Tobacco stocks seem likely to move lower today following media reports that the Biden administration is considering lowering the nicotine and menthol levels in cigarettes in the U.S. The introduction of such measures does not form our base-case assumption for the purposes of forecasting cash flows, but it is one of the ESG risks we have identified, and is captured in our bear-case valuations. There is little evidence to suggest the change in administration has increased the probability of these events occurring, so we maintain our valuations and wide moat and negative trend ratings for the cigarette makers with exposure to the U.S. cigarette market: Altria (MO), British American Tobacco (BATS) and (IMB). Negative headlines such as this have spooked investors since 2017, and the tobacco group is undervalued relative to our estimate of intrinsic value. Our picks remain Philip Morris International (PM), whose exposure to the U.S. is limited to a revenue share of its market-leading reduced risk portfolio, and Imperial Brands, which trades at under 10 times forward earnings and pays a dividend yield of 9%.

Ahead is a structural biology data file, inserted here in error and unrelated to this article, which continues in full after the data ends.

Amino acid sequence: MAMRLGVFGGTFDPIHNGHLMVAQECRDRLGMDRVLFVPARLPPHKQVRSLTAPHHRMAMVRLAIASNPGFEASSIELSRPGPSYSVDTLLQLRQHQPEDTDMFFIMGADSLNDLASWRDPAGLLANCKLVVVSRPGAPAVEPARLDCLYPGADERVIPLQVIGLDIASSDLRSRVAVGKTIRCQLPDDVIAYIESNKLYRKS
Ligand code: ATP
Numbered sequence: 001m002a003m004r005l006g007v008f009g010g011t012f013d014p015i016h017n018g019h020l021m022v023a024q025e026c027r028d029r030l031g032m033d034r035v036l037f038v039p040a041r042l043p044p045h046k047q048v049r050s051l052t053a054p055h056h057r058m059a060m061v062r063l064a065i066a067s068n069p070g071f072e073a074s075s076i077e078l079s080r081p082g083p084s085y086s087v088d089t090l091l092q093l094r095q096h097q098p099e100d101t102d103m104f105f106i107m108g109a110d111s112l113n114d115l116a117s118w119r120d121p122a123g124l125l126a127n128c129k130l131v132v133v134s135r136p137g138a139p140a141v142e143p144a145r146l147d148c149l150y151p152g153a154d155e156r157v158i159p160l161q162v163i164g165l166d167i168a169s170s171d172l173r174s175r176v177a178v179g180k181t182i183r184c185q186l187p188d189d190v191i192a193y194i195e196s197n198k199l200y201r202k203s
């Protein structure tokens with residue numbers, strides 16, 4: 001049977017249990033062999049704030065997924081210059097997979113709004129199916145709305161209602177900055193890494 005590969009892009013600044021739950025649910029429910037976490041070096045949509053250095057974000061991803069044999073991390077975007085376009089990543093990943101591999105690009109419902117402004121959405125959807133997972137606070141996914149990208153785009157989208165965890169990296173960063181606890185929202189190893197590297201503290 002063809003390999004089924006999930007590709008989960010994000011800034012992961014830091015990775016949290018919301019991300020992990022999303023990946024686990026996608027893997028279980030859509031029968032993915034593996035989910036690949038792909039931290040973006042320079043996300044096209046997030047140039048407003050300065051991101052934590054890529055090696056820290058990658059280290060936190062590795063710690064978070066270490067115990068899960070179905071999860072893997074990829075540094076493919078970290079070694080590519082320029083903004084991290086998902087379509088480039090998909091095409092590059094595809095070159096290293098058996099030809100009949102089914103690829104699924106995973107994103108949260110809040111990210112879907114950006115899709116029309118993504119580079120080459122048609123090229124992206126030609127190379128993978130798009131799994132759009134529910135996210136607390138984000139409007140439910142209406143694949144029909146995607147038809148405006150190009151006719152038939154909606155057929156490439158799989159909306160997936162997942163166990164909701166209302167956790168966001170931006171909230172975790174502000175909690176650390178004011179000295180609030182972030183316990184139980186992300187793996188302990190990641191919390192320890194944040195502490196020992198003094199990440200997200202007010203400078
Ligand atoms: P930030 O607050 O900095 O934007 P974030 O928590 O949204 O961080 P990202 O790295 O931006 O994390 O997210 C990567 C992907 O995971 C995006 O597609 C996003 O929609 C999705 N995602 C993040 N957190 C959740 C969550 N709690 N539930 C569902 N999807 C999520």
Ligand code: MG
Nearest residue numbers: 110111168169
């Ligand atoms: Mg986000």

The threat of a menthol ban has been an overhang for many years, and nicotine level reductions were mooted by hawkish FDA commissioner Scott Gottlieb in 2017. Menthol is a compound added to cigarettes to ease throat irritation caused by cigarette smoke, and is said to attract young and female consumers, as well as African American smokers. Proponents of prohibition argue that it could lower the rate of smoking initiation in these groups. The menthol category represented 29% of the total U.S. market by volume in 2019, according to Euromonitor. Nicotine is in itself of limited harm if consumed in moderate quantities, but as the addictive substance in cigarettes, it suppresses the cessation rate. If it were to be limited in cigarettes to minimally or even non-addictive levels, the secular decline rate on cigarette volumes could accelerate.
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